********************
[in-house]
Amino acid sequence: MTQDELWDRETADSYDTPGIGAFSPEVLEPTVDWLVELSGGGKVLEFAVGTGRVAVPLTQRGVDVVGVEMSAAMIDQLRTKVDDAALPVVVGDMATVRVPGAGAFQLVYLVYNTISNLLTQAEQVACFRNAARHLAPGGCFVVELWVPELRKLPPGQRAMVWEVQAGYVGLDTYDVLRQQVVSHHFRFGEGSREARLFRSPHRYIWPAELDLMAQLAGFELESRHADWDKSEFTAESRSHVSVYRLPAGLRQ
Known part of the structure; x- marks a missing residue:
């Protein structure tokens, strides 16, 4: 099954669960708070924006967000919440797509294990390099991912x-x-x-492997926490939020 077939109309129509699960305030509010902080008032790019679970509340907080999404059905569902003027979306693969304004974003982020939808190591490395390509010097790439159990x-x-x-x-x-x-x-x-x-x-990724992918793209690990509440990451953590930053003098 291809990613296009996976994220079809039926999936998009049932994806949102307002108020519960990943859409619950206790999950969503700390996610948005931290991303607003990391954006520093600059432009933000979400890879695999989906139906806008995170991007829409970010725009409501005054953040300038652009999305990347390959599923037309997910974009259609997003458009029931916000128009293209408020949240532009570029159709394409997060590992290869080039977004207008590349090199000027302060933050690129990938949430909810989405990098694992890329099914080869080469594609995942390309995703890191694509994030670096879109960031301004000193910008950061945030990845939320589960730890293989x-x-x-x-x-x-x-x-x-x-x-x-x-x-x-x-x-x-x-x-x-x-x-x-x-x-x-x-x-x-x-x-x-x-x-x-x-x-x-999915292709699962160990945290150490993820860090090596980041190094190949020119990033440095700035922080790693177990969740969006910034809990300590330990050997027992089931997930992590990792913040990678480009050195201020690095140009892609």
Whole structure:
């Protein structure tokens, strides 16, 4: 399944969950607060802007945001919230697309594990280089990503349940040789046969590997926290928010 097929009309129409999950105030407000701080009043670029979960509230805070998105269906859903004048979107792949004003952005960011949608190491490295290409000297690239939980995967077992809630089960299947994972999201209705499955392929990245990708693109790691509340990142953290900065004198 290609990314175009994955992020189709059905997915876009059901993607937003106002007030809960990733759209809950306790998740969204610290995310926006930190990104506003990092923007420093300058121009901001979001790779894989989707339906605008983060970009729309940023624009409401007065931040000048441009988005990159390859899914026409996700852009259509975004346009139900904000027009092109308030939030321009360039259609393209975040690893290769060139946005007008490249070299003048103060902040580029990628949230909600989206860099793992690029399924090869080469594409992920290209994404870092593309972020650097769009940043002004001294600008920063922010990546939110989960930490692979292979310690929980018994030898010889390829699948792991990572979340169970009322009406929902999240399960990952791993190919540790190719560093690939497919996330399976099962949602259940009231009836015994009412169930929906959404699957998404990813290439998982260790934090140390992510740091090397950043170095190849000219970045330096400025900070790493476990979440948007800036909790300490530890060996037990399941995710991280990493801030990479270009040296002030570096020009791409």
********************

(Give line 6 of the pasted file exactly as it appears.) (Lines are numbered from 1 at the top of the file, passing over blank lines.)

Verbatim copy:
């Protein structure tokens, strides 16, 4: 399944969950607060802007945001919230697309594990280089990503349940040789046969590997926290928010 097929009309129409999950105030407000701080009043670029979960509230805070998105269906859903004048979107792949004003952005960011949608190491490295290409000297690239939980995967077992809630089960299947994972999201209705499955392929990245990708693109790691509340990142953290900065004198 290609990314175009994955992020189709059905997915876009059901993607937003106002007030809960990733759209809950306790998740969204610290995310926006930190990104506003990092923007420093300058121009901001979001790779894989989707339906605008983060970009729309940023624009409401007065931040000048441009988005990159390859899914026409996700852009259509975004346009139900904000027009092109308030939030321009360039259609393209975040690893290769060139946005007008490249070299003048103060902040580029990628949230909600989206860099793992690029399924090869080469594409992920290209994404870092593309972020650097769009940043002004001294600008920063922010990546939110989960930490692979292979310690929980018994030898010889390829699948792991990572979340169970009322009406929902999240399960990952791993190919540790190719560093690939497919996330399976099962949602259940009231009836015994009412169930929906959404699957998404990813290439998982260790934090140390992510740091090397950043170095190849000219970045330096400025900070790493476990979440948007800036909790300490530890060996037990399941995710991280990493801030990479270009040296002030570096020009791409």